Lawmakers Pressure the NHTSA to Look Into Vehicle Hacking

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Automotive Editor

Justin Cupler has specialized as an automotive writer since 2009, and has seen himself published in multiple websites and online magazines. In addition to contributing to CarsDirect, Justin also works as editor in chief for a large performance car online publication. His specialty lays in the high-performance realm, but has a deep love and understanding for all things automotive. Prior to being an automotive writer, he was an automotive technician and manager for six years, but spent the majority of his younger life tinkering with classic muscle cars.

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, Automotive Editor - September 14, 2016

As vehicles become more and more advanced, computers will become an even bigger part of our daily commutes. With the continued spread of computer-aided systems in the automotive world comes the risk of hackers. Now, lawmakers are putting pressure on the NHTSA to start looking into preventing vehicle hacking.

Specifically, the pressure on the NHTSA came in the form of a letter authored by four Republican members of Congress. According to a Reuters report, they are asking for industry-wide safety measures to prevent the sort of hacks that enabled a Wired magazine team to override certain systems of a 2014 Jeep Cherokee.

In tests such as this, hackers have taken control of a car’s horn, brakes, and power steering with relative ease. The Wired hackers were able to make the Jeep perform in an "unsafe and erratic manner."

It's important to note that there haven't been any reports of actual hackers taking over an unsuspecting driver’s car. In fact, it would prove relatively difficult, as the Wired hackers had to plug into the Jeep’s OBDII port to gain the control it needed to hack its computer.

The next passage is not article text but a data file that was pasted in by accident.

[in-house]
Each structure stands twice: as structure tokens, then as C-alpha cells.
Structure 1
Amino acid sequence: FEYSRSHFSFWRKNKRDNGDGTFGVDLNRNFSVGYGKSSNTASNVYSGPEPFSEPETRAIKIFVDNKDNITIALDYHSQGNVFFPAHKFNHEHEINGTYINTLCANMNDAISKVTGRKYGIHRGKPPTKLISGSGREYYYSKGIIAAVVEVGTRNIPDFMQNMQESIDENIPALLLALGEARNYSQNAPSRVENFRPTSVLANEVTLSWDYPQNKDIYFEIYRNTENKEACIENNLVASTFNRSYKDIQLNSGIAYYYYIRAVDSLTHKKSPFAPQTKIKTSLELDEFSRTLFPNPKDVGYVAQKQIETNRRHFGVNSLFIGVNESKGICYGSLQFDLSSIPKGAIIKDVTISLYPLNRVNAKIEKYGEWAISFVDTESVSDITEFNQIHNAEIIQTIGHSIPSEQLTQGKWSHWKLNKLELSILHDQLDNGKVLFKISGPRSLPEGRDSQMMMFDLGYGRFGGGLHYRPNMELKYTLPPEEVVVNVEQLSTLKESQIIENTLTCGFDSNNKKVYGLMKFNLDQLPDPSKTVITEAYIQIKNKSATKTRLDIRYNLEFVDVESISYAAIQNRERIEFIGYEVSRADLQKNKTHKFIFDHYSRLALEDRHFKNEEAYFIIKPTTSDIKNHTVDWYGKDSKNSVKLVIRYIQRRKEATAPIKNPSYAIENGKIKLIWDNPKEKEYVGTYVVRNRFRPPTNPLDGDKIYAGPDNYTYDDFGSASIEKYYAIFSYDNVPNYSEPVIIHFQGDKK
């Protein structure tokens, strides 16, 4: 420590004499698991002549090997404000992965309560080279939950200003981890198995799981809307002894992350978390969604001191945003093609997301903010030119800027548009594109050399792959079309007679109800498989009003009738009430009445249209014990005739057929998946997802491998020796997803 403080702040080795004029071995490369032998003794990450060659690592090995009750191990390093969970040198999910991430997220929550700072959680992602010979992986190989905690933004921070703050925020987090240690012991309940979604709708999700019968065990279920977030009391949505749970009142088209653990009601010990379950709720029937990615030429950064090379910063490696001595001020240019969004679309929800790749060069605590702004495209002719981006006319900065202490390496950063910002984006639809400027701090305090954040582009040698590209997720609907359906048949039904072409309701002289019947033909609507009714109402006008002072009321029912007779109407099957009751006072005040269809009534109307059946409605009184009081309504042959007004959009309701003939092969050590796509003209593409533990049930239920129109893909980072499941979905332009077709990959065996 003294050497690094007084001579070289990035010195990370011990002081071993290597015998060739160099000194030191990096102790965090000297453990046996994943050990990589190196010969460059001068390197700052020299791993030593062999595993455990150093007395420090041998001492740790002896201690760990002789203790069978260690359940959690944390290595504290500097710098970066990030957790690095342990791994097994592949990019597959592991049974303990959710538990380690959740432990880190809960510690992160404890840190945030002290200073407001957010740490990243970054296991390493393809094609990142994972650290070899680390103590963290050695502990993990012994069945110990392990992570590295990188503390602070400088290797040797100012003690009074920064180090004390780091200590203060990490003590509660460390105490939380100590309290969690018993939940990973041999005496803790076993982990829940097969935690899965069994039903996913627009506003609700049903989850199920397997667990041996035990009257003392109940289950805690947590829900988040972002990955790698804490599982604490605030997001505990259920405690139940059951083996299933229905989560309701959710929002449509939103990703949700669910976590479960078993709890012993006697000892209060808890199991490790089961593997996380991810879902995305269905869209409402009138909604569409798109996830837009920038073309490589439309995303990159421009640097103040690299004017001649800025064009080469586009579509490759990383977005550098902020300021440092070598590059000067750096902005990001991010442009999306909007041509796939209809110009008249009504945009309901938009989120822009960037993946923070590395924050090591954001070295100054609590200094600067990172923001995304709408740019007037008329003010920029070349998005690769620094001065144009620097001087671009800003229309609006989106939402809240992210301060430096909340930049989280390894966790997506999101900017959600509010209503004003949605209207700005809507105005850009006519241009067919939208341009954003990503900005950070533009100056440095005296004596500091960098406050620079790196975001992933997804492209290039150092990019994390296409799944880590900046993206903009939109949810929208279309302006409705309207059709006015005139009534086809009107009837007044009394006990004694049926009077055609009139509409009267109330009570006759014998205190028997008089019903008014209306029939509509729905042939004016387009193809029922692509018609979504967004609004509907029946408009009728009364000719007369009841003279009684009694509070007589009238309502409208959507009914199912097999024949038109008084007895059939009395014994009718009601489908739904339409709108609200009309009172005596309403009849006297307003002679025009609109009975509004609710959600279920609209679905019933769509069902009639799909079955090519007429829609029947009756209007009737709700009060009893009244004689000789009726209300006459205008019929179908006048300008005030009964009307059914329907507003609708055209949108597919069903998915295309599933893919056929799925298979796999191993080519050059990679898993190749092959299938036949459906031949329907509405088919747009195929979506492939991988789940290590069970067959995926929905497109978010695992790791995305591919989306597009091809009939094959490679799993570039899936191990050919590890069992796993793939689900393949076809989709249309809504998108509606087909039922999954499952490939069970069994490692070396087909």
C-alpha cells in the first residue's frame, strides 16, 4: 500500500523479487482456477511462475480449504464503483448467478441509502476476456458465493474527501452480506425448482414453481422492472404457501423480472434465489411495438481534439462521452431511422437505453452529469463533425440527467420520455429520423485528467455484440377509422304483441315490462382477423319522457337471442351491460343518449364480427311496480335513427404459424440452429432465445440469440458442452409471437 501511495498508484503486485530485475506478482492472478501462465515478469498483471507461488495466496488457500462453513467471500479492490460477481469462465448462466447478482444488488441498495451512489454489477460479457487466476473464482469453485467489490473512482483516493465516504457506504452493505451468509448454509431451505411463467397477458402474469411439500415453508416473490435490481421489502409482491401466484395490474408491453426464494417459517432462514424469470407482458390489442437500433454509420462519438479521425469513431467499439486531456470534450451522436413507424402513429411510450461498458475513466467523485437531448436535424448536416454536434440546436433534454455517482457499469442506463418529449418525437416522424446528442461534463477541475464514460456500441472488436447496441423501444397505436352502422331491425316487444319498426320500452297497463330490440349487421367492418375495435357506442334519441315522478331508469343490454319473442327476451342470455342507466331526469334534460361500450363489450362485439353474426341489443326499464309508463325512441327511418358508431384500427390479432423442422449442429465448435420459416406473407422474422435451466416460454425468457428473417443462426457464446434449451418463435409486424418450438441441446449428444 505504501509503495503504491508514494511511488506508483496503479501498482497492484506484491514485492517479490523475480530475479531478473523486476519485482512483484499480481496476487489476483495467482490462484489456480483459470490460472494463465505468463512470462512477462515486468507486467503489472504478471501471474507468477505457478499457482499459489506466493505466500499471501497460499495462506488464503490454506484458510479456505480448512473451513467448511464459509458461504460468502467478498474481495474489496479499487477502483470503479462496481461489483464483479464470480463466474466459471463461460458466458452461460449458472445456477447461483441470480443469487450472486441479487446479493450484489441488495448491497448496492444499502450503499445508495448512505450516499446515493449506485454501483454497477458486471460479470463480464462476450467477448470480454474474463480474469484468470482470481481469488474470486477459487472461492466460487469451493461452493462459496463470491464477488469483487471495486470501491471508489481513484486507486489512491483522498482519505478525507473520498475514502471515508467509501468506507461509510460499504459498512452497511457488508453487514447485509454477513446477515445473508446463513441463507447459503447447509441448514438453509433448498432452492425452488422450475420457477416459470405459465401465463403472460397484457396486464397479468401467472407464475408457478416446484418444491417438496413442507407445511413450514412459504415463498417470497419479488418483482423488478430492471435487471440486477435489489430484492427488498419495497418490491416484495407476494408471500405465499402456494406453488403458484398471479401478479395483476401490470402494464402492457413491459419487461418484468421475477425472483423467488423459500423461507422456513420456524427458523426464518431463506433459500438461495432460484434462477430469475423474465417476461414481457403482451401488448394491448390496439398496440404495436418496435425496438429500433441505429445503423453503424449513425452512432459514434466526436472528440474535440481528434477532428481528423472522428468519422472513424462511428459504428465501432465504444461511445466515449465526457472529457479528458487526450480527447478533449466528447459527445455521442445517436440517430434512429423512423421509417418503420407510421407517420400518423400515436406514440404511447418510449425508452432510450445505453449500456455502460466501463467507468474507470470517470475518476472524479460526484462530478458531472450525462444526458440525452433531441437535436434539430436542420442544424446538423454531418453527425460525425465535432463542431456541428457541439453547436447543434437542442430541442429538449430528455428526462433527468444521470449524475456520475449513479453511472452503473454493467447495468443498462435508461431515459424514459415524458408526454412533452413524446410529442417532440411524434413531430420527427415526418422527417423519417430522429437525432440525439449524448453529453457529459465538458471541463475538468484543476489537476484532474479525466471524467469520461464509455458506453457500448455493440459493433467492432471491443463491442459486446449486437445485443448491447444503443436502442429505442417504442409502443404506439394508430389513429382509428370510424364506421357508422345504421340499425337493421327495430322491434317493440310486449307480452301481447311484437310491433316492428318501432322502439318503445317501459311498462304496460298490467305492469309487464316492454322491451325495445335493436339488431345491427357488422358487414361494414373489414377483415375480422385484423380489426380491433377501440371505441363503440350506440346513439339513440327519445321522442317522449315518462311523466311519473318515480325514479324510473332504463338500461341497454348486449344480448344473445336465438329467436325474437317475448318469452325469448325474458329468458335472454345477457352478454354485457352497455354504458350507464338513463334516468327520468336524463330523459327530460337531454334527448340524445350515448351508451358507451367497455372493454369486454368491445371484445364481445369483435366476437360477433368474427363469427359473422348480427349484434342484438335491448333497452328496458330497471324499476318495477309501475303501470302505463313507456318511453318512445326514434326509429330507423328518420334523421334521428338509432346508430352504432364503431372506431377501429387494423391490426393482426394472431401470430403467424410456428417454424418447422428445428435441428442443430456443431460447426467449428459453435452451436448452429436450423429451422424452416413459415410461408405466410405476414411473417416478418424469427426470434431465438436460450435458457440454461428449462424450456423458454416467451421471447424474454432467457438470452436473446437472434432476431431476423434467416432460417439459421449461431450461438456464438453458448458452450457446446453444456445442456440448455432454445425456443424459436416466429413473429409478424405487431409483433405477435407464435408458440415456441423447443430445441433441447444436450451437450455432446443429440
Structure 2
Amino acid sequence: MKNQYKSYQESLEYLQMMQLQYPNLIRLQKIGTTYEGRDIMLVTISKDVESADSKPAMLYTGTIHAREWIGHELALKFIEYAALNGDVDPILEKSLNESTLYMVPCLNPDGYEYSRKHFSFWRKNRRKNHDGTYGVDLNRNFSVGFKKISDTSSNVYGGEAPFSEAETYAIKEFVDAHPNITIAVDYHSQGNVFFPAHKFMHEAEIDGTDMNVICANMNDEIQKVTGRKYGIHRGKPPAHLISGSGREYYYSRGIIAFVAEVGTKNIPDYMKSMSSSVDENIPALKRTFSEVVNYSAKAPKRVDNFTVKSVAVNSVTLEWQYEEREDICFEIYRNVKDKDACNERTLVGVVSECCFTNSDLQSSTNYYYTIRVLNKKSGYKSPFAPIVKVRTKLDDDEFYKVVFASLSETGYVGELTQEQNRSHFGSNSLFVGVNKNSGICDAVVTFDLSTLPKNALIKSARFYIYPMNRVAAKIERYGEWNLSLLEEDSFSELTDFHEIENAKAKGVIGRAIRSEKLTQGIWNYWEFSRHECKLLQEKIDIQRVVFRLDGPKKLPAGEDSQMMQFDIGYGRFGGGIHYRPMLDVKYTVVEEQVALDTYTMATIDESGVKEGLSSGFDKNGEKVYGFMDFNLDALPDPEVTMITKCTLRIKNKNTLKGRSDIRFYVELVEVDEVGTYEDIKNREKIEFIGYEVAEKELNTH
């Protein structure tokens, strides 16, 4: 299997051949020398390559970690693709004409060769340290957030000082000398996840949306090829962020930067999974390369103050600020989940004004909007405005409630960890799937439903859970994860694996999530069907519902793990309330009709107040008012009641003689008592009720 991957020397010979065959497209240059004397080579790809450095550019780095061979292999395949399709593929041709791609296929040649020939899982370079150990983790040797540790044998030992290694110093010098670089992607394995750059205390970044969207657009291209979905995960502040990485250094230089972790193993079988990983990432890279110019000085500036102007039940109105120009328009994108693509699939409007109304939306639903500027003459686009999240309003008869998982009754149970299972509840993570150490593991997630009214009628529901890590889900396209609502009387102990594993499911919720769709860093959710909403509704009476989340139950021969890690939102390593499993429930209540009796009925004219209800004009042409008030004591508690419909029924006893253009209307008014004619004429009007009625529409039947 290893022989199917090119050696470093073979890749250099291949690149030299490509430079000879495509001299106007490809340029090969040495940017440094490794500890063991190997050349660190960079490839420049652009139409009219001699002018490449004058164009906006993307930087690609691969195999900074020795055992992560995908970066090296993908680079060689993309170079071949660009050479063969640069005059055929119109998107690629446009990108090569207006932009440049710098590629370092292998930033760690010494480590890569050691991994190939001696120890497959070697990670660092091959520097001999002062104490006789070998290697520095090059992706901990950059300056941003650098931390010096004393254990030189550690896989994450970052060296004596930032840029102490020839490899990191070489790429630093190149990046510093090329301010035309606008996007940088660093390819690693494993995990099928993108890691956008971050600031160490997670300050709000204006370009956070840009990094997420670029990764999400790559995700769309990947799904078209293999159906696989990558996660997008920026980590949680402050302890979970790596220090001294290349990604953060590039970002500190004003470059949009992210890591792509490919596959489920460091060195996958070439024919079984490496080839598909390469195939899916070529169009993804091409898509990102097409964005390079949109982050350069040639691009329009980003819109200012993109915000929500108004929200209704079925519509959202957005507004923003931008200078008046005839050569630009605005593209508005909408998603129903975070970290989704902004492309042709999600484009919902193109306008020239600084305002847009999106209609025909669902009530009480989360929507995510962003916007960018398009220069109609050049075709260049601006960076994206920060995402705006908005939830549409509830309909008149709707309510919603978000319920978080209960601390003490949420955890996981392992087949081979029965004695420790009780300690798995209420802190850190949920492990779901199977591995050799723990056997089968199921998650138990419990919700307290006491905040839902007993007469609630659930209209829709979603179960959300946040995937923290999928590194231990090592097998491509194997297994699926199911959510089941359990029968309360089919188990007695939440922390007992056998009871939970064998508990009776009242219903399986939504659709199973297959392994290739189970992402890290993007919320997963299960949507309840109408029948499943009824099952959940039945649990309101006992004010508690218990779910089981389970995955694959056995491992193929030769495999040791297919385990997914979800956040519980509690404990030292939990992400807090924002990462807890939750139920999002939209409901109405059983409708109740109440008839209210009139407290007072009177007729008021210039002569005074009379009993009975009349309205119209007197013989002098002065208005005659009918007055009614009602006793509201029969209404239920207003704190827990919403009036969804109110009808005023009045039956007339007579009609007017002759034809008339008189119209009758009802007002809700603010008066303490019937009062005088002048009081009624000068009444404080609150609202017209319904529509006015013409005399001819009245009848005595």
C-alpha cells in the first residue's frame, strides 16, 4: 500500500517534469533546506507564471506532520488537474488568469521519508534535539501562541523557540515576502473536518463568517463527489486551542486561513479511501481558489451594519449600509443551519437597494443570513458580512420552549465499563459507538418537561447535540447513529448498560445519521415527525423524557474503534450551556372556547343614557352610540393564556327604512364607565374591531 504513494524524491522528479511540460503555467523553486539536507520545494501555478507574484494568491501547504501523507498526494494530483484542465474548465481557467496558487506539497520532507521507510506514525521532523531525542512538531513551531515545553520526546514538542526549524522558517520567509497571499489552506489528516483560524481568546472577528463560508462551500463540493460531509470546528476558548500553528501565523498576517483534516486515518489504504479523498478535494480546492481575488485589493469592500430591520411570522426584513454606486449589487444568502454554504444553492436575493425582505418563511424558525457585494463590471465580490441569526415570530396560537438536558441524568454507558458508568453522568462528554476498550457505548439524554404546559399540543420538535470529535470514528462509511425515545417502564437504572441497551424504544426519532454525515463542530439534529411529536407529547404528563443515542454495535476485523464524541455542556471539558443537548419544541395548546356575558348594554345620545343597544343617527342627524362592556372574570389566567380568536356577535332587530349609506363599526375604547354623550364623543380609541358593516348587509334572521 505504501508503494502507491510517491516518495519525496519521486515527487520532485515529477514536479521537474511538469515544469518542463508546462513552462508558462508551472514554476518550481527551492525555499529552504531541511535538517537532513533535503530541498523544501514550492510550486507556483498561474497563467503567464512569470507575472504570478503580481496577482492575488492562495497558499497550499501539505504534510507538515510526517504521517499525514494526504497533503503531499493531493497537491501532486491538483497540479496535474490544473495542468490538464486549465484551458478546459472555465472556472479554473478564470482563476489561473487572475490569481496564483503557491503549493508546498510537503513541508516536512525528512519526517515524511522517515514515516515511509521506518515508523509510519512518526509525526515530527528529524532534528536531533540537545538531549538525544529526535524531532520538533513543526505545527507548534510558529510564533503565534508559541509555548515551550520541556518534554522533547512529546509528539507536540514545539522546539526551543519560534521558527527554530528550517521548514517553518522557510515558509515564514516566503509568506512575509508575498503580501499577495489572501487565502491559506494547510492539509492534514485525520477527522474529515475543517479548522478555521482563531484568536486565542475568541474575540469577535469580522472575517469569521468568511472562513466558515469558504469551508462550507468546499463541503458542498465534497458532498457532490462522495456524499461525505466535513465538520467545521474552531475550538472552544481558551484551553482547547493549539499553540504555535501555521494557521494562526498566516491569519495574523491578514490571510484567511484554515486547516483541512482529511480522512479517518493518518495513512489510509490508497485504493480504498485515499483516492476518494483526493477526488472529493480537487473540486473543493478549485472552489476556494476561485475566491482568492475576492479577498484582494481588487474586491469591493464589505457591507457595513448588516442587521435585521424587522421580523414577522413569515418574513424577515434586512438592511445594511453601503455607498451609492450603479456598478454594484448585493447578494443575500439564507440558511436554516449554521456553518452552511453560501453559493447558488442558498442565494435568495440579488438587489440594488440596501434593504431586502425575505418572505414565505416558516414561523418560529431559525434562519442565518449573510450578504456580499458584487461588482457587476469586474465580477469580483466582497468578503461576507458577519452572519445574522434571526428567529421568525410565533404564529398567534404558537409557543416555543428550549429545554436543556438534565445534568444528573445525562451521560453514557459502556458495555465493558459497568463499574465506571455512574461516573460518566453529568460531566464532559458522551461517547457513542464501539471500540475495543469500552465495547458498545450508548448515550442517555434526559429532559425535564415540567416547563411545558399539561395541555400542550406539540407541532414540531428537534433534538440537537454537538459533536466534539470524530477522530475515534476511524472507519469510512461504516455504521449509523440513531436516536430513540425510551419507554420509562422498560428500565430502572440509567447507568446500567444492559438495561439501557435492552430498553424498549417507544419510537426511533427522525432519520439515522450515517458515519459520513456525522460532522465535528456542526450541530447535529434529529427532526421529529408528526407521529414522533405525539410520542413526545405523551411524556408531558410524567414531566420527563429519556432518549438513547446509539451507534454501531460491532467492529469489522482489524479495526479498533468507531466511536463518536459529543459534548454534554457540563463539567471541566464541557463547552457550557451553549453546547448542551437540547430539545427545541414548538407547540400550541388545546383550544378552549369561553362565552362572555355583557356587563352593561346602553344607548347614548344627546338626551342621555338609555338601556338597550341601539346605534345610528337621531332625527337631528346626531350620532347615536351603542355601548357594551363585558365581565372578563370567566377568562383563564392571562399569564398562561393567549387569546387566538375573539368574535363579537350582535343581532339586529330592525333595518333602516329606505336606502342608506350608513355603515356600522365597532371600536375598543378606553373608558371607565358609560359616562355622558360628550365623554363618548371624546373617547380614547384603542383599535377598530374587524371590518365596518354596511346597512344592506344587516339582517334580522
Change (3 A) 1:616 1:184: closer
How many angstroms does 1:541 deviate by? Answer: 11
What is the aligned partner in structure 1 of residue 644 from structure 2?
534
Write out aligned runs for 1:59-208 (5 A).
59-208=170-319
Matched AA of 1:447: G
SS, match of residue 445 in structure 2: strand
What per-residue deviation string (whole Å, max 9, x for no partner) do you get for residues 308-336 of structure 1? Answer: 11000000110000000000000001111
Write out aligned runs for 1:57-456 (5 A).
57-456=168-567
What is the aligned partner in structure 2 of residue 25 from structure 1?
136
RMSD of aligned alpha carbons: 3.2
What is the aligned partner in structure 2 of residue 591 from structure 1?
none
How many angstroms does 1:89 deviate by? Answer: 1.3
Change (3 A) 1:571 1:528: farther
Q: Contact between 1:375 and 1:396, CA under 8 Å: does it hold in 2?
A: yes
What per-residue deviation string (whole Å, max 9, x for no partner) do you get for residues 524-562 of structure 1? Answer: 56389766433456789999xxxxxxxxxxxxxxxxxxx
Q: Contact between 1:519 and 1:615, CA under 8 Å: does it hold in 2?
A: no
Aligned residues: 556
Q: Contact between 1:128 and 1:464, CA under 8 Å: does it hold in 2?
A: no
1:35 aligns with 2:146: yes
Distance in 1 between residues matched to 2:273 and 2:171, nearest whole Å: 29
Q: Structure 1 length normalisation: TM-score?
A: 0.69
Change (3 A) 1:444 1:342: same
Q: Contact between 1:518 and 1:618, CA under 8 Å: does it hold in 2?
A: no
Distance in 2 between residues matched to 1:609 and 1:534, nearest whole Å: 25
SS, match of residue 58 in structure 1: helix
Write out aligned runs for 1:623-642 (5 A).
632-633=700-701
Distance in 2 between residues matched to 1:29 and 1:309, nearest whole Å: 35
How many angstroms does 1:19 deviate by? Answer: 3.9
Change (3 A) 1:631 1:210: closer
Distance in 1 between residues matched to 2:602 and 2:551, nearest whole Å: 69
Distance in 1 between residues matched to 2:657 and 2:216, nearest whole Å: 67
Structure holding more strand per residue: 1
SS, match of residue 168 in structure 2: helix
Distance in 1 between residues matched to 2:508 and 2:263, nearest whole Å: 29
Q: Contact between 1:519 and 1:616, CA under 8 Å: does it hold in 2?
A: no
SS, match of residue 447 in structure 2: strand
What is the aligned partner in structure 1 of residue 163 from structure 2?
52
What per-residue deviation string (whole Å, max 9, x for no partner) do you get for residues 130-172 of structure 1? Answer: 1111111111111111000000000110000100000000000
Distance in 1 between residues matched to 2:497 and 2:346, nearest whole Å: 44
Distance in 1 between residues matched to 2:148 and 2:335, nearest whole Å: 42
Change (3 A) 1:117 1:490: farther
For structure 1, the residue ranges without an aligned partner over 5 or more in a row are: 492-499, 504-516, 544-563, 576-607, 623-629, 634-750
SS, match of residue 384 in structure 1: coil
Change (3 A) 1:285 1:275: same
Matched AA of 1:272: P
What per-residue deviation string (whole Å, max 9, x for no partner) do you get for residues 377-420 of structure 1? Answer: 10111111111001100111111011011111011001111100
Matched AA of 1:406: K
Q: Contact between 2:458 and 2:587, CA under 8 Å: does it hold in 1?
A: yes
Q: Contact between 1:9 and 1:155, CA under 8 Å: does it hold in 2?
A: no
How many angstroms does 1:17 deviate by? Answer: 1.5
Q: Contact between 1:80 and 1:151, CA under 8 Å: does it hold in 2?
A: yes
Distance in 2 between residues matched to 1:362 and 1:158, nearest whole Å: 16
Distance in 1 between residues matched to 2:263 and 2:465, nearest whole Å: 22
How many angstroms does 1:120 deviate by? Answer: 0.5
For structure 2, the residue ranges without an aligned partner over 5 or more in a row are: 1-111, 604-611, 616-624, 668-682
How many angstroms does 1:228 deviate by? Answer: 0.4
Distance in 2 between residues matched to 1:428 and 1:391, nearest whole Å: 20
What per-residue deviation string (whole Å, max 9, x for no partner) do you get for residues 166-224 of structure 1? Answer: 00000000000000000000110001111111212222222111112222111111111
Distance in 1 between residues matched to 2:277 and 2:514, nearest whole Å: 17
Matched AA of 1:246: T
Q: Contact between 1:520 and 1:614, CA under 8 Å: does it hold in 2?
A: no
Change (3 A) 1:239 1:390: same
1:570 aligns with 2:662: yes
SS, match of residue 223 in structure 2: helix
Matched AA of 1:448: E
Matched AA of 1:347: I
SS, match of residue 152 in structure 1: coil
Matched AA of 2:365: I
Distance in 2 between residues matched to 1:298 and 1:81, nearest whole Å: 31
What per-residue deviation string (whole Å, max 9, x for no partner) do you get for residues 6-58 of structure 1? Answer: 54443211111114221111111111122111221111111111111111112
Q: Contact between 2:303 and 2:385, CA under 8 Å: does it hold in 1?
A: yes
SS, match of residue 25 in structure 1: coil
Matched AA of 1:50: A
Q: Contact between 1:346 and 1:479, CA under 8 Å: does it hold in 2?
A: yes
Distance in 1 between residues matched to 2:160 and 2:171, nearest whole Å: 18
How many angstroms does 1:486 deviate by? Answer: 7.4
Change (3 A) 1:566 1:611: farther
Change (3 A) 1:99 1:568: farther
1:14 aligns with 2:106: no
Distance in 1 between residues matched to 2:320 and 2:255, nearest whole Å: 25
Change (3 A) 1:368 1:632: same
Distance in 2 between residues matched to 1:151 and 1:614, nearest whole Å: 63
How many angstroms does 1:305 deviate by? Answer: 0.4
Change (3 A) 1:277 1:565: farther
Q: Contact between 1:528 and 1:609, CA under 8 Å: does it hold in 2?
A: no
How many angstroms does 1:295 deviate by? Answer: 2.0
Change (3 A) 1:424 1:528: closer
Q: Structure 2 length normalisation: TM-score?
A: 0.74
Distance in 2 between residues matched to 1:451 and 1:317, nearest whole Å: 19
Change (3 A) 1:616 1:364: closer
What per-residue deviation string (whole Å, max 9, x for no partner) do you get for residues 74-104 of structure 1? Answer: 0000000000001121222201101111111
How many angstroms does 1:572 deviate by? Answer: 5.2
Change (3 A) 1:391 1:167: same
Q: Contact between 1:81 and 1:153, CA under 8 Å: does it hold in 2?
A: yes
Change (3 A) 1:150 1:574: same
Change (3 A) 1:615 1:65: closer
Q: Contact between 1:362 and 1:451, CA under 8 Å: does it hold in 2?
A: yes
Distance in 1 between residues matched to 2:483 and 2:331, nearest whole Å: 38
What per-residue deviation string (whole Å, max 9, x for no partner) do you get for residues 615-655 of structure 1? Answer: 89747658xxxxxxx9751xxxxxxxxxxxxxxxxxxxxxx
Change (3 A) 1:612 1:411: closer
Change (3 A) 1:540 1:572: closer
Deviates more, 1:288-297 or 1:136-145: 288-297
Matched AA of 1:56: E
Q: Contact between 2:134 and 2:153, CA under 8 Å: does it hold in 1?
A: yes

This sort of hacking still needs to be addressed before computer whizzes figure out how to break into a car's computer systems wirelessly. Additionally, with the proliferation of OBDII tools in the hands of amateurs, these ports are becoming less secure every year. Let the wrong person plug into your car and, poof, you’re hacked!

This concern only becomes compounded when we start moving toward self-driving cars. So, it’s no wonder the federal government is trying to nip this in the bud now.

For those unfazed by the Jeep Cherokee being the hacking guinea pig, you can pick one up and get a great deal on it. While there are no great lease deals on the 2017 Cherokee, there is up to $2,250 in customer cash, $500 in finance bonus cash, and up to a $1,000 conquest bonus for lessees of competing models. What’s more, there are also great APR deals, including 0 percent for up to 36 months, 0.9 percent for up to 48 months, and 1.9 percent for up to 60 months.

, Automotive Editor

Justin Cupler has specialized as an automotive writer since 2009, and has seen himself published in multiple websites and online magazines. In addition to contributing to CarsDirect, Justin also works as editor in chief for a large performance car online publication. His specialty lays in the high-performance realm, but has a deep love and understanding for all things automotive. Prior to being an automotive writer, he was an automotive technician and manager for six years, but spent the majority of his younger life tinkering with classic muscle cars.

Follow On: Google+ | Website